First, the idea behind resource leveling is to avoid huge swings in the utilization of labor. To maximize the time employees spend making effective contributions, it’s important that they have something to work on every day without causing burnout.
Second, resource leveling results in fewer problems for project personnel and accounting departments. Balanced workloads often lead to higher throughput and reduced project costs.
Third, divvying up the team’s workload makes the company ‘leaner,’ which means less waste and more productivity.
Resource leveling vs. resource smoothing
Even though they’re sometimes used interchangeably, resource leveling and resource smoothing aren’t the same things. Let’s see what PMBOK® , the Bible of project management, has to say in regards to the distinction:
Here's an example of Forecast's Auto Schedule performing resource leveling automatically:
“Resource leveling is a technique in which start and finish dates are adjusted based on resource limitation with the goal of balancing the demand for resources with the available supply.”
“Resource smoothing is a technique that adjusts the activities of a schedule model such that the requirements for resources on the project do not exceed certain predefined resource limits.”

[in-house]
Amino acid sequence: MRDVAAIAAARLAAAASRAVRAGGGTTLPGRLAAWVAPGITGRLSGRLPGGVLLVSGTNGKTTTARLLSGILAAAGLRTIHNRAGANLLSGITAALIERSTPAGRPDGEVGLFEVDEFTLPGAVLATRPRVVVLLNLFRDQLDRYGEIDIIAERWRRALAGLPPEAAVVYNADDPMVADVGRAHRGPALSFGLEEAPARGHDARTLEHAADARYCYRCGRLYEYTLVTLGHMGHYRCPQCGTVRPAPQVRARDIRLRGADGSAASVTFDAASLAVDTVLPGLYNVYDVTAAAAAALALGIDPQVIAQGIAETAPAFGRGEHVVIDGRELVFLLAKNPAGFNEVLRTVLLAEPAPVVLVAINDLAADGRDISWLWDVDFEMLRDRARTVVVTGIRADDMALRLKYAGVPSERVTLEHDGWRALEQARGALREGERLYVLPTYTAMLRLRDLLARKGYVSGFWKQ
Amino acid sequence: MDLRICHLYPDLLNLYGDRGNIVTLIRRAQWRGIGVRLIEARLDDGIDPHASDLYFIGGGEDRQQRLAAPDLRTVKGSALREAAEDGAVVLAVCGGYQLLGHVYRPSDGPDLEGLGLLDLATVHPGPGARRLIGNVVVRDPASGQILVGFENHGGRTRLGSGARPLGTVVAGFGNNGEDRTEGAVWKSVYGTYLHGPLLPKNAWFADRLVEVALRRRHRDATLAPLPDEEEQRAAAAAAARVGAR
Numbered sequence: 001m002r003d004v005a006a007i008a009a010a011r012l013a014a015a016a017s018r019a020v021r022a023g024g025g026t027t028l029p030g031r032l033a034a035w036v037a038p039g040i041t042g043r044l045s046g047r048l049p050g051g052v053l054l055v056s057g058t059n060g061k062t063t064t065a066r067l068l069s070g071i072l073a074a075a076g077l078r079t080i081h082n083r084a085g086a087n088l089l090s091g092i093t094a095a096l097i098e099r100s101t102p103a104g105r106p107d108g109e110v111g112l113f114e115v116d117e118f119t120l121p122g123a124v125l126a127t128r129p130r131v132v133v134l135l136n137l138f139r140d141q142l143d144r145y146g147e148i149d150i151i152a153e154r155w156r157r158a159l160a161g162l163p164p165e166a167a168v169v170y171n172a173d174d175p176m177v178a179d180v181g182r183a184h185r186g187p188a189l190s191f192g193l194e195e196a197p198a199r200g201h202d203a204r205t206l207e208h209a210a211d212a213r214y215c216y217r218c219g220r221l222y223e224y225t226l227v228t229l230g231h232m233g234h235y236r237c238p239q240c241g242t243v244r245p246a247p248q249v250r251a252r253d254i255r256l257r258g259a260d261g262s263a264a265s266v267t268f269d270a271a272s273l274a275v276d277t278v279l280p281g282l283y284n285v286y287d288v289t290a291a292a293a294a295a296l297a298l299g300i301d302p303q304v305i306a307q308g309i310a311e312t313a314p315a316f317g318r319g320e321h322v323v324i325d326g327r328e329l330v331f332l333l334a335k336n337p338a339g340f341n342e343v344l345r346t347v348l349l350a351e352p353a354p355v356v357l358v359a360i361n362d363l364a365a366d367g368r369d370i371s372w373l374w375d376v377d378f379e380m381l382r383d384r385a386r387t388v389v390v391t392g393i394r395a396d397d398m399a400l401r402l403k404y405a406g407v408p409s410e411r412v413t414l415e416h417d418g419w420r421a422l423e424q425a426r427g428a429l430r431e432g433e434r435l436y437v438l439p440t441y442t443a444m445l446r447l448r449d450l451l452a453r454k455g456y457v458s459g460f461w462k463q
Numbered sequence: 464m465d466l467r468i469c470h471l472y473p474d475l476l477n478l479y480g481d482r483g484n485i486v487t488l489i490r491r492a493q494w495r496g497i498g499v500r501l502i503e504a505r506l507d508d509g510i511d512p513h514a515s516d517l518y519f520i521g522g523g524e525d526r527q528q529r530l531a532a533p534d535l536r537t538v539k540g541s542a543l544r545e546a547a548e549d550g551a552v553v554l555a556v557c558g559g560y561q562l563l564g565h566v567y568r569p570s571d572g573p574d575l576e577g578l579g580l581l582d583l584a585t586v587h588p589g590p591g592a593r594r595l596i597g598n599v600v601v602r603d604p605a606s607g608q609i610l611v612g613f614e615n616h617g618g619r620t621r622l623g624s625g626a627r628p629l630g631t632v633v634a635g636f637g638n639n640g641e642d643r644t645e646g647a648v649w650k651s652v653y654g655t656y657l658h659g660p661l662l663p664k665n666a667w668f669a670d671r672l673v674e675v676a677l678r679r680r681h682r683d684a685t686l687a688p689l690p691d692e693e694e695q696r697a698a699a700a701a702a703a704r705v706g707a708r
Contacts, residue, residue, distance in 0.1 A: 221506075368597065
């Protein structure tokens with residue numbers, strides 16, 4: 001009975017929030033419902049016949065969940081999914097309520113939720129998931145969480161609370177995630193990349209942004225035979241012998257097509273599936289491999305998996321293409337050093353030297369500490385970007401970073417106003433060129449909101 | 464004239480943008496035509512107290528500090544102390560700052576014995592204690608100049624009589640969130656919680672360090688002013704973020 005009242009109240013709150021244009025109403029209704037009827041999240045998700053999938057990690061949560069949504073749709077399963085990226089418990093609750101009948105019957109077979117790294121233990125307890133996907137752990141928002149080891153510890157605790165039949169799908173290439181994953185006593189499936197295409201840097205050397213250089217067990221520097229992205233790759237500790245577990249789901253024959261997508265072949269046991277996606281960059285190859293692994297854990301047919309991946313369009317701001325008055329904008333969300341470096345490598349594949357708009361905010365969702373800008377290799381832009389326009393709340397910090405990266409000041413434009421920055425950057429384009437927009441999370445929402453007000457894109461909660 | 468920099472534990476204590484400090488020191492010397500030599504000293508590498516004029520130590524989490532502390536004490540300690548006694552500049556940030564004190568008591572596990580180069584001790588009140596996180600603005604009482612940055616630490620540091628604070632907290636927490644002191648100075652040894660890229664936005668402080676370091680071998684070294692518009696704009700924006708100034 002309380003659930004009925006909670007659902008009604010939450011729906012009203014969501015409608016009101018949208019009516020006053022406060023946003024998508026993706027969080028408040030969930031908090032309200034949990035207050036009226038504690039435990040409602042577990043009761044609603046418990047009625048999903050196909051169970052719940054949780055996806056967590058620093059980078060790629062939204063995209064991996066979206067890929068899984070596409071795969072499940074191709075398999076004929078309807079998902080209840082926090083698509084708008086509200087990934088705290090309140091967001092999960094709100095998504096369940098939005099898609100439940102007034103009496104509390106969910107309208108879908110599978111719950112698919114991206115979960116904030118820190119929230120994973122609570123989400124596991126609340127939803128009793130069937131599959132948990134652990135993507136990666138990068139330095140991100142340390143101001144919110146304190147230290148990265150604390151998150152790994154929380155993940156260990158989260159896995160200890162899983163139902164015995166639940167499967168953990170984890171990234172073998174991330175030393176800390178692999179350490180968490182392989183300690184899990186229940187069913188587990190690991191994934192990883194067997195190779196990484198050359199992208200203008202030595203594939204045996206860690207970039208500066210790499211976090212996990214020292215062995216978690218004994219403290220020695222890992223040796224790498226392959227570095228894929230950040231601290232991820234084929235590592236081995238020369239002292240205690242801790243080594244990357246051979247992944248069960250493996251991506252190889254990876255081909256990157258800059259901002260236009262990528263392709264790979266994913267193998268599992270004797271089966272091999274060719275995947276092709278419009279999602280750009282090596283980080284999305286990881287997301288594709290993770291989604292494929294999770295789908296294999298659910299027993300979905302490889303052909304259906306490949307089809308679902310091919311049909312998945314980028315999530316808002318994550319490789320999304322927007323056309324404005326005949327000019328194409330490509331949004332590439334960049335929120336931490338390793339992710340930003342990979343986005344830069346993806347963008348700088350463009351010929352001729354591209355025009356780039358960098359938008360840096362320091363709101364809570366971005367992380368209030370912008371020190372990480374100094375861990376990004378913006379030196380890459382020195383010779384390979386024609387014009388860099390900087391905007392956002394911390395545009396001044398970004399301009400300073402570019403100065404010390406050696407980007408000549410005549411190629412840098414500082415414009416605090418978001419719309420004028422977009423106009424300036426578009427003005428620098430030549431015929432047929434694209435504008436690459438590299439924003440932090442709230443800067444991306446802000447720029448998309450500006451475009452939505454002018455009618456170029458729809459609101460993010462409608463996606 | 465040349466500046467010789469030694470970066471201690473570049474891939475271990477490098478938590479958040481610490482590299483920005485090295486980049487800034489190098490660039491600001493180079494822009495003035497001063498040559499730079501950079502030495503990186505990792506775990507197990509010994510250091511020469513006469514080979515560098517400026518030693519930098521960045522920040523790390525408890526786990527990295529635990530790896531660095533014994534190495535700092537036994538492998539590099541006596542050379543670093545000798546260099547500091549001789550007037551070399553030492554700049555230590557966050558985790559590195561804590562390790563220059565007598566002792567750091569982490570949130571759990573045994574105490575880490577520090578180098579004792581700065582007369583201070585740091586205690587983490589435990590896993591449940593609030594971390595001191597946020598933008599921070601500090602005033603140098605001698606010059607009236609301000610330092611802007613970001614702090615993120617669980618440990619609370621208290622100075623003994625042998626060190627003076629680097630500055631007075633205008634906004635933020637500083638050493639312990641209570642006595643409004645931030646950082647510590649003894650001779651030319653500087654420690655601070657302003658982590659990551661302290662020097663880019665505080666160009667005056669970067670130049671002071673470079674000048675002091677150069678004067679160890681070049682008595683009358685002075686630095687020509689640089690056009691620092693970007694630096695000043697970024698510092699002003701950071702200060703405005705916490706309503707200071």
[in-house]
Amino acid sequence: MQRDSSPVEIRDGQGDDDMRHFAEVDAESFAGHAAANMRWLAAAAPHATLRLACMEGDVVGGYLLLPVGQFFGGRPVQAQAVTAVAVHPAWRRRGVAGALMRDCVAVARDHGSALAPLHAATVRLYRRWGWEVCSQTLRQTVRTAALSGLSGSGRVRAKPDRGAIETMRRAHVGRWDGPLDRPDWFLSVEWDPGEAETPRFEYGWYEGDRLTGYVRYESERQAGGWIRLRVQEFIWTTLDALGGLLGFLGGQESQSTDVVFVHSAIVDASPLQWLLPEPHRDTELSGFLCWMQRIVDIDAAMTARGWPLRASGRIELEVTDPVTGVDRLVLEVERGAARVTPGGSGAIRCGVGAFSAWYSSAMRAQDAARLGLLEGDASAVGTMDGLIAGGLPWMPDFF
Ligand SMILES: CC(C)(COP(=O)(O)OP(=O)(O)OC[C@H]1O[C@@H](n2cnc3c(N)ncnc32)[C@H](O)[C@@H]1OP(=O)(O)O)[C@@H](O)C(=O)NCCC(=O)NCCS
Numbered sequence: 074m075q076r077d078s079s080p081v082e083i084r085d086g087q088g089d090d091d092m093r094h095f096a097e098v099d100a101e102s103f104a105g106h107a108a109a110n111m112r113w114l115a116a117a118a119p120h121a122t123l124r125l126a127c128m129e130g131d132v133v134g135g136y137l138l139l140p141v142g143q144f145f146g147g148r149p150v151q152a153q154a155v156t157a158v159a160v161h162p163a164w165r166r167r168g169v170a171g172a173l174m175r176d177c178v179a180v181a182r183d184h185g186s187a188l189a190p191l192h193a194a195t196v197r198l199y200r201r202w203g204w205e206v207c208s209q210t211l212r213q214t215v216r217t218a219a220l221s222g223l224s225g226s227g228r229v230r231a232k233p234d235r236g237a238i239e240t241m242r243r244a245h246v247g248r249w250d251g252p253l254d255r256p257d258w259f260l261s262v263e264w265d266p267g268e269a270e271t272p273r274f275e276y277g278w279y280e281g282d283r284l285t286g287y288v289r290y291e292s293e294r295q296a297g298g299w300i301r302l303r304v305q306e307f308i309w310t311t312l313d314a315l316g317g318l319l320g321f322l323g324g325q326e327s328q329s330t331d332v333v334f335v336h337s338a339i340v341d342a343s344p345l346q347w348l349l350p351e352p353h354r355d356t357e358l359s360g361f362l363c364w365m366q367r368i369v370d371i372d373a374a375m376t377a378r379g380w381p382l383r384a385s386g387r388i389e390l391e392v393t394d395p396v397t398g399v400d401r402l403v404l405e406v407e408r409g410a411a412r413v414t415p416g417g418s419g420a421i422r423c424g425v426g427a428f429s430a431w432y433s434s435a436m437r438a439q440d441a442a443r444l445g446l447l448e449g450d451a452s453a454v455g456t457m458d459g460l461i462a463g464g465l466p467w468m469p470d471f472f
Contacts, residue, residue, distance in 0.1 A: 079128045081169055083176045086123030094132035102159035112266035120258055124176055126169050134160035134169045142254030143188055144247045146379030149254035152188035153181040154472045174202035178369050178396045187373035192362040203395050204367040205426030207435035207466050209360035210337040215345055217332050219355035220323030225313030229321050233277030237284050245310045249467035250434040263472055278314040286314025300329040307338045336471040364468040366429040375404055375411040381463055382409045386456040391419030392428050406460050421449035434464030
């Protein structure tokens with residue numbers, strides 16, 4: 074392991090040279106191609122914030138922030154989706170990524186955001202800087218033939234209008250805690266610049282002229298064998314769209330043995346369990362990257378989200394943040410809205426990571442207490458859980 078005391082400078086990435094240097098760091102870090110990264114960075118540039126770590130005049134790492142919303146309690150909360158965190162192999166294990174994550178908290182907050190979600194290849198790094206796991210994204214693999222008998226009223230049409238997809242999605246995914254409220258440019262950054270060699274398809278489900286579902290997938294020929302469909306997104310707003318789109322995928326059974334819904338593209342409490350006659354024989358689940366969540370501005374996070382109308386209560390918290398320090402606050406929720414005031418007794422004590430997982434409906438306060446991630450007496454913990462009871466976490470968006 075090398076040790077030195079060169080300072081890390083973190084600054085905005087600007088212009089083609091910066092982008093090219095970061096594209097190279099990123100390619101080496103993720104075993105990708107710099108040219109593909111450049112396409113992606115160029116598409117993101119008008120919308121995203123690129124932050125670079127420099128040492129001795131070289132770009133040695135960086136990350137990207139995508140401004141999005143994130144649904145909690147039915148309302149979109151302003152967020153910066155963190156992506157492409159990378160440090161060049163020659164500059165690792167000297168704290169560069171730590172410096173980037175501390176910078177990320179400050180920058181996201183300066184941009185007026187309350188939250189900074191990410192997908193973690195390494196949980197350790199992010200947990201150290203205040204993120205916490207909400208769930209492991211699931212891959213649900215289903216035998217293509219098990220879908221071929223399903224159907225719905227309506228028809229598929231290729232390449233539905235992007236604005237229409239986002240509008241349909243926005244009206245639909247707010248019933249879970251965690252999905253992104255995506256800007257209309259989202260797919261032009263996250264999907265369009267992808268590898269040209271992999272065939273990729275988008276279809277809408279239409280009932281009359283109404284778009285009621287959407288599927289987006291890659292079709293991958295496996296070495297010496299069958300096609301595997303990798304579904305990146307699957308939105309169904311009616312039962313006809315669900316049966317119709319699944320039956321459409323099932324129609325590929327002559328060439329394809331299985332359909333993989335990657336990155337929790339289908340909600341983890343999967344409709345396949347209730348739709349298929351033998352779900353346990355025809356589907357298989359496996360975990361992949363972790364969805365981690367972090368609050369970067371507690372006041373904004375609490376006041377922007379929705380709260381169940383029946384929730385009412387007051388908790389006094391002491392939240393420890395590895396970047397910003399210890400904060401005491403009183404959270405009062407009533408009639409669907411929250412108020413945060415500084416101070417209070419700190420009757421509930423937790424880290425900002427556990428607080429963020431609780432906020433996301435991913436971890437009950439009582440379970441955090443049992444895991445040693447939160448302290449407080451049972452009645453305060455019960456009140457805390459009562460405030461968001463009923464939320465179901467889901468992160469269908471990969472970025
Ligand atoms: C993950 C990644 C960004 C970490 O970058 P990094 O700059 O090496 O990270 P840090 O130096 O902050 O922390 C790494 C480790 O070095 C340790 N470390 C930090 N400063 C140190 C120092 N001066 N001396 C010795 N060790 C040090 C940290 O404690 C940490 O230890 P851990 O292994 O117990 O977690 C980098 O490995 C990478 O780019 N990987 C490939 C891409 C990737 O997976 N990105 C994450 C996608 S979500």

The objective of resource smoothing, therefore, is uniform resource utilization, as it aims to complete the work by the specified date while avoiding ebbs and flows of resource demand. Most of the time, resource smoothing is used after resource leveling. It makes sure that people don’t land with a lion’s share of work after change requests and other project ‘peaks and troughs’ come in from the stakeholders.
It won’t hurt to repeat that resource leveling is mainly used when your main constraint is resources. In contrast, resource smoothing is more appropriate when the time constraint takes the priority, and as the project end date cannot be changed, it’s more about optimization. Sometimes they are even called resource-constrained scheduling (RCS) and time-constrained scheduling (TCS) respectively.
Resource leveling vs. resource allocation
Resource allocation answers the question of who (and when) can be allocated to the project during the planning phase. Therefore, it defines project resource requirements and commits people with certain roles to the project. This is done considering a myriad of factors, such as resource availability, skills, rate cards, etc.
By contrast, resource leveling is in most instances applied when the project is underway to resolve resource conflicts and is known as a crisis management method. More on the use cases in the next section below.
When to use resource leveling
You might think that the resource allocation process may solve a vast majority of problems at the beginning, but this is not the case. Typically, resource conflicts unfold when the project is in progress, and that’s when resource leveling techniques prove to be handy. In general, they solve the roadblocks such as delays, over-allocation, or budget overruns as you go along with the project. Another use case is when you’ve developed a project schedule, but the client wants to deliver the project faster, or when a project is starting to fall behind schedule.